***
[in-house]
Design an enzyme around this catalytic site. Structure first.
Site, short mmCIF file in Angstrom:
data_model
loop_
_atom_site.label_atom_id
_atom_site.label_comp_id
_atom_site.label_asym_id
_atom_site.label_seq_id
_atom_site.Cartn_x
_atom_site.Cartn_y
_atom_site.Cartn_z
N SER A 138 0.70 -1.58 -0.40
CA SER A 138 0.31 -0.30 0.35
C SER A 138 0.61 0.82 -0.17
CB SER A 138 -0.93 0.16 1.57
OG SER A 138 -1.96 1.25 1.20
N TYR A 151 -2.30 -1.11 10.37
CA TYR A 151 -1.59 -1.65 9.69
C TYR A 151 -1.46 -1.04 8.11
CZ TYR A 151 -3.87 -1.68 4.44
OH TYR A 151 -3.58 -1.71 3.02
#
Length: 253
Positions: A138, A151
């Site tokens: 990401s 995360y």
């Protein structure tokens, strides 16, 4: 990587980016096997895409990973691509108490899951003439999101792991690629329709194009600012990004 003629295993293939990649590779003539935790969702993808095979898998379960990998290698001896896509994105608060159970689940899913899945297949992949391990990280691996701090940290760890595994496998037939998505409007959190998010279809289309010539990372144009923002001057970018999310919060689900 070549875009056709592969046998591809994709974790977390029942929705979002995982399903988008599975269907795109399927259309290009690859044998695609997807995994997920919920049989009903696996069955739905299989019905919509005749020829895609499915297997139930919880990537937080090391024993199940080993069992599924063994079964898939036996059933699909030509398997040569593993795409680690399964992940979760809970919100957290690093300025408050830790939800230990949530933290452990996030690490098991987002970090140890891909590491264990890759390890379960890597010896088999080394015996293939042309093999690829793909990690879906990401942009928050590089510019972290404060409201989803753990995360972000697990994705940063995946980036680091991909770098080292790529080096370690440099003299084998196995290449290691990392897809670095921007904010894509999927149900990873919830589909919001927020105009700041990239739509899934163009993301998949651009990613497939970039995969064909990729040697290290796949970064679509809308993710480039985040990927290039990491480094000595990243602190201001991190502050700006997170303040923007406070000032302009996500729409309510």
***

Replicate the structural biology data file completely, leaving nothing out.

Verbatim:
[in-house]
Design an enzyme around this catalytic site. Structure first.
Site, short mmCIF file in Angstrom:
data_model
loop_
_atom_site.label_atom_id
_atom_site.label_comp_id
_atom_site.label_asym_id
_atom_site.label_seq_id
_atom_site.Cartn_x
_atom_site.Cartn_y
_atom_site.Cartn_z
N SER A 138 0.70 -1.58 -0.40
CA SER A 138 0.31 -0.30 0.35
C SER A 138 0.61 0.82 -0.17
CB SER A 138 -0.93 0.16 1.57
OG SER A 138 -1.96 1.25 1.20
N TYR A 151 -2.30 -1.11 10.37
CA TYR A 151 -1.59 -1.65 9.69
C TYR A 151 -1.46 -1.04 8.11
CZ TYR A 151 -3.87 -1.68 4.44
OH TYR A 151 -3.58 -1.71 3.02
#
Length: 253
Positions: A138, A151
């Site tokens: 990401s 995360y």
């Protein structure tokens, strides 16, 4: 990587980016096997895409990973691509108490899951003439999101792991690629329709194009600012990004 003629295993293939990649590779003539935790969702993808095979898998379960990998290698001896896509994105608060159970689940899913899945297949992949391990990280691996701090940290760890595994496998037939998505409007959190998010279809289309010539990372144009923002001057970018999310919060689900 070549875009056709592969046998591809994709974790977390029942929705979002995982399903988008599975269907795109399927259309290009690859044998695609997807995994997920919920049989009903696996069955739905299989019905919509005749020829895609499915297997139930919880990537937080090391024993199940080993069992599924063994079964898939036996059933699909030509398997040569593993795409680690399964992940979760809970919100957290690093300025408050830790939800230990949530933290452990996030690490098991987002970090140890891909590491264990890759390890379960890597010896088999080394015996293939042309093999690829793909990690879906990401942009928050590089510019972290404060409201989803753990995360972000697990994705940063995946980036680091991909770098080292790529080096370690440099003299084998196995290449290691990392897809670095921007904010894509999927149900990873919830589909919001927020105009700041990239739509899934163009993301998949651009990613497939970039995969064909990729040697290290796949970064679509809308993710480039985040990927290039990491480094000595990243602190201001991190502050700006997170303040923007406070000032302009996500729409309510």